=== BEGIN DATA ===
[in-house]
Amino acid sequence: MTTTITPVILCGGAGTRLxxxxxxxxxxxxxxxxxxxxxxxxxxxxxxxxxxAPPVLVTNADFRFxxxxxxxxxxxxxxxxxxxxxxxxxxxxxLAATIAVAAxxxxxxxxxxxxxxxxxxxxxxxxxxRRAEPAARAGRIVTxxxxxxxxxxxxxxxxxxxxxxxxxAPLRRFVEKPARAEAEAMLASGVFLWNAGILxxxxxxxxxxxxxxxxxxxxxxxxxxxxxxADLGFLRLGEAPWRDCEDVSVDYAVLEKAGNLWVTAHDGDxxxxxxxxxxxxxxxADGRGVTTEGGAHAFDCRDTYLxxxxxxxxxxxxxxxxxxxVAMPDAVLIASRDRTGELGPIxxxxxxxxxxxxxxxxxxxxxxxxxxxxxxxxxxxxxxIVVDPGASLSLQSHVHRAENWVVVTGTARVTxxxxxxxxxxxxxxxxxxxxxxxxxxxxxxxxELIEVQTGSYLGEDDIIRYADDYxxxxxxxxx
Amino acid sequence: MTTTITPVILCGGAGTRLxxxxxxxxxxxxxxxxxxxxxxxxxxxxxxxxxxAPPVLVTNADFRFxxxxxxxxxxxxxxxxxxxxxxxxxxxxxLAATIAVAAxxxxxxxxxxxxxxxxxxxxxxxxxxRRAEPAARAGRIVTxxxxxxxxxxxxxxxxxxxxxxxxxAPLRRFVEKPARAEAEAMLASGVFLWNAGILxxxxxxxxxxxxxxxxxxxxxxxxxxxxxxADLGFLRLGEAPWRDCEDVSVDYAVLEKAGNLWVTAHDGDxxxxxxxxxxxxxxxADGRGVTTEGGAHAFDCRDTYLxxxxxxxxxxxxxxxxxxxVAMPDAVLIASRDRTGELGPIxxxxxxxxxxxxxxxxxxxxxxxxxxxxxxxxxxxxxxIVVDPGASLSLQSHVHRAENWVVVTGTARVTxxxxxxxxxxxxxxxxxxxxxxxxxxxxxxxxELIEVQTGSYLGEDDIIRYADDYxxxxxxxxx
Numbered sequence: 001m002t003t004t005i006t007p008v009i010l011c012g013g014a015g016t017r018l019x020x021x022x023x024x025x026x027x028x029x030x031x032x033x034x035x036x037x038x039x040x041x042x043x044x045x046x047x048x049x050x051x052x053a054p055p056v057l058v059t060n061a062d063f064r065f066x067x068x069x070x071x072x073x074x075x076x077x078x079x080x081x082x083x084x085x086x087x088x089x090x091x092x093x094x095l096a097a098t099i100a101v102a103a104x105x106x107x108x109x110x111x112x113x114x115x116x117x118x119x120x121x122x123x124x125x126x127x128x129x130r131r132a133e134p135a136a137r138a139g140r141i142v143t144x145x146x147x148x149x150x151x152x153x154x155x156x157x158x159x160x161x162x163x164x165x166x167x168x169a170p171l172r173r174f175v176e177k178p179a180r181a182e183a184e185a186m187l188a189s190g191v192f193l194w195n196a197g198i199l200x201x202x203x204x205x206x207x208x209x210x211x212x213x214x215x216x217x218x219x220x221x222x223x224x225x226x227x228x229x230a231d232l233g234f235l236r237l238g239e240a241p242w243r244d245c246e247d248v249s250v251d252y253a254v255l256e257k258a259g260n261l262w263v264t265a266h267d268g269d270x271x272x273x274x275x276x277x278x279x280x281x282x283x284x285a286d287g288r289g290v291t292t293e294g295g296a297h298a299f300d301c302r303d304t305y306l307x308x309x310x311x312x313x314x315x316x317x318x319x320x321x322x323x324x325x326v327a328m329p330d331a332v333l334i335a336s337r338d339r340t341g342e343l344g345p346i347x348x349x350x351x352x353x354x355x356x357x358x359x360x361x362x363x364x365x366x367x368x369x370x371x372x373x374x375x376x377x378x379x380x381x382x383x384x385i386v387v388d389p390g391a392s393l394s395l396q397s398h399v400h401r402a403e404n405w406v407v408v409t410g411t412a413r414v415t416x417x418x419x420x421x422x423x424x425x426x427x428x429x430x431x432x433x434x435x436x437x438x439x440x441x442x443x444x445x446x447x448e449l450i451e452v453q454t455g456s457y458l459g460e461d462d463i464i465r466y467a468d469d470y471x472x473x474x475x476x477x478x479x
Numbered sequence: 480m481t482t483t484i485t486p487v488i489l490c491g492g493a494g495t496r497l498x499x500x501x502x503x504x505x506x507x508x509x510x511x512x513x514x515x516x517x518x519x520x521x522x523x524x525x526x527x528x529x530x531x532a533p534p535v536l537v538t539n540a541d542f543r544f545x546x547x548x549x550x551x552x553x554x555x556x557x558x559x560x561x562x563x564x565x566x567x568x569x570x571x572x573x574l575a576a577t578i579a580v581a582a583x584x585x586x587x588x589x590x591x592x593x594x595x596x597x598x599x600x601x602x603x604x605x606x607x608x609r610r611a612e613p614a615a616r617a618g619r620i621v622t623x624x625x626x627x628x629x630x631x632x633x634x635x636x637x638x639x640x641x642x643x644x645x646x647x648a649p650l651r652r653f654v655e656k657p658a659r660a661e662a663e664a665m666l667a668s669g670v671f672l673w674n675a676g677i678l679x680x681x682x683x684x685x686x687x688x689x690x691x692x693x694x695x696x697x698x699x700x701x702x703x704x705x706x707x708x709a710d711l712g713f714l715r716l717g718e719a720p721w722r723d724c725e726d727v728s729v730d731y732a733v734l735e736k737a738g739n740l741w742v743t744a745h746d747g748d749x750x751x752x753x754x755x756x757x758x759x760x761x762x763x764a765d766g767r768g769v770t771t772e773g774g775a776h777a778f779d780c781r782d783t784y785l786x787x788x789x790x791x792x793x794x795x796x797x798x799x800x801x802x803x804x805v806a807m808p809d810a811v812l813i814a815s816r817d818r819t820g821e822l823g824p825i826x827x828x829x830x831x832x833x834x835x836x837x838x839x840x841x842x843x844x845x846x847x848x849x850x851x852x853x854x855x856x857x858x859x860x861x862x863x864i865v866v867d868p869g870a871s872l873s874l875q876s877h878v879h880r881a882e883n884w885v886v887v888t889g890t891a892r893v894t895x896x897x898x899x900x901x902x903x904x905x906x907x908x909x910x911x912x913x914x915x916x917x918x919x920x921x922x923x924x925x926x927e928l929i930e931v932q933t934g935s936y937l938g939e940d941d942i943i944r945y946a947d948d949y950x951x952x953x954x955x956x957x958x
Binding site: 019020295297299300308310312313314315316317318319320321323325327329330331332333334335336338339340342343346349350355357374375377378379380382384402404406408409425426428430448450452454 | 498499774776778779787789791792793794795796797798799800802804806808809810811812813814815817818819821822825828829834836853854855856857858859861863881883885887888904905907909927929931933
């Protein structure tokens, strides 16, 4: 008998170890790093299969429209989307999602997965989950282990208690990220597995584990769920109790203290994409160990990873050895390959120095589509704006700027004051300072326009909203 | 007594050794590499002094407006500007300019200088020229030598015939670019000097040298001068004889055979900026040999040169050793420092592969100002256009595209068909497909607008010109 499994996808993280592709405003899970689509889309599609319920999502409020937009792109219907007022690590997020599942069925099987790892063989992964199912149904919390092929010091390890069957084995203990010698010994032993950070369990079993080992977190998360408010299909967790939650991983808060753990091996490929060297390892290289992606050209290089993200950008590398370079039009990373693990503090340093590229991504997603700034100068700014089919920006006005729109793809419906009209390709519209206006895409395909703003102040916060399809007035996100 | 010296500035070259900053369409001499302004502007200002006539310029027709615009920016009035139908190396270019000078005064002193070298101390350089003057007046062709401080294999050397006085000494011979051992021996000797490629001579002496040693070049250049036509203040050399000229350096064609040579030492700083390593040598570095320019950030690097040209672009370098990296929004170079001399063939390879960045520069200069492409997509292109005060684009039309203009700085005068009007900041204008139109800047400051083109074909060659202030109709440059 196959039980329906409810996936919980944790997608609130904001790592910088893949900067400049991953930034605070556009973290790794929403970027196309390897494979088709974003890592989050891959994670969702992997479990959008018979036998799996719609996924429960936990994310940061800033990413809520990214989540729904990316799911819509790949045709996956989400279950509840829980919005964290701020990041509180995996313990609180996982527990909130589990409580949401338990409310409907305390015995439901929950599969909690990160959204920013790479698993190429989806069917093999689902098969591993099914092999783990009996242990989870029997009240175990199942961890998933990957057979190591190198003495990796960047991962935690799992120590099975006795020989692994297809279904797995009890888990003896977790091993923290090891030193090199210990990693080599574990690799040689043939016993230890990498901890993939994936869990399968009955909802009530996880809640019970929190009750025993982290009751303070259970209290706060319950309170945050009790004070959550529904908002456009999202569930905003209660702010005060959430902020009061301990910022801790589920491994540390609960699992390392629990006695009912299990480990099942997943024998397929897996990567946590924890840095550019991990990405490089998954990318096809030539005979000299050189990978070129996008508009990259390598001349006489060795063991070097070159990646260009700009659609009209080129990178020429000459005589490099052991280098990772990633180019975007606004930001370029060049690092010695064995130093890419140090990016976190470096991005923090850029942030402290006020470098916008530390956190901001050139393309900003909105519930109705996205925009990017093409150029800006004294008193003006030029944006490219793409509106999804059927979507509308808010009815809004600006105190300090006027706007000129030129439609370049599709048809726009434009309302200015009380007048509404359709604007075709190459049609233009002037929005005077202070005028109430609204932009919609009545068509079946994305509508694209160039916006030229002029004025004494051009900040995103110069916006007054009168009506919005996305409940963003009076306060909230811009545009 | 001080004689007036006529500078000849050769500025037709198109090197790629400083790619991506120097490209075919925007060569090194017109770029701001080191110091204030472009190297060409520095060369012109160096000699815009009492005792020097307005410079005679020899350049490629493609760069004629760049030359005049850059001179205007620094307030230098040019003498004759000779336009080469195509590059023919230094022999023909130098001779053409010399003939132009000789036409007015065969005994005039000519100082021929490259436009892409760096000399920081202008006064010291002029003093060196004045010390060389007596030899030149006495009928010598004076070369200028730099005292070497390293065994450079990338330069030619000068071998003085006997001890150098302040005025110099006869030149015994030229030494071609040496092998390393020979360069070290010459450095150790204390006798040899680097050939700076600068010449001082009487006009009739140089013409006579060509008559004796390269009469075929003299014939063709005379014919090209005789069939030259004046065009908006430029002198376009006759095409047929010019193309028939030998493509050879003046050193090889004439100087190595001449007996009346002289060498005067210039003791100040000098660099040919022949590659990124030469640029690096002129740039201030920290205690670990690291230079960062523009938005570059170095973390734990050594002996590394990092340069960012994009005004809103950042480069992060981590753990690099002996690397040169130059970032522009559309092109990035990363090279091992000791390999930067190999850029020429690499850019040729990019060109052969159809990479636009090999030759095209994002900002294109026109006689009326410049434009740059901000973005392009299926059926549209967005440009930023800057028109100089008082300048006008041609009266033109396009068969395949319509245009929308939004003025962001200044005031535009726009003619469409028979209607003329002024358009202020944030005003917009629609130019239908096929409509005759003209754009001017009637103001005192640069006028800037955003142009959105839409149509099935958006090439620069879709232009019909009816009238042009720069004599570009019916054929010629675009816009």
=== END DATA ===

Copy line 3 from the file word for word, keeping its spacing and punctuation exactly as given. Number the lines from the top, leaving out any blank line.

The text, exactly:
Amino acid sequence: MTTTITPVILCGGAGTRLxxxxxxxxxxxxxxxxxxxxxxxxxxxxxxxxxxAPPVLVTNADFRFxxxxxxxxxxxxxxxxxxxxxxxxxxxxxLAATIAVAAxxxxxxxxxxxxxxxxxxxxxxxxxxRRAEPAARAGRIVTxxxxxxxxxxxxxxxxxxxxxxxxxAPLRRFVEKPARAEAEAMLASGVFLWNAGILxxxxxxxxxxxxxxxxxxxxxxxxxxxxxxADLGFLRLGEAPWRDCEDVSVDYAVLEKAGNLWVTAHDGDxxxxxxxxxxxxxxxADGRGVTTEGGAHAFDCRDTYLxxxxxxxxxxxxxxxxxxxVAMPDAVLIASRDRTGELGPIxxxxxxxxxxxxxxxxxxxxxxxxxxxxxxxxxxxxxxIVVDPGASLSLQSHVHRAENWVVVTGTARVTxxxxxxxxxxxxxxxxxxxxxxxxxxxxxxxxELIEVQTGSYLGEDDIIRYADDYxxxxxxxxx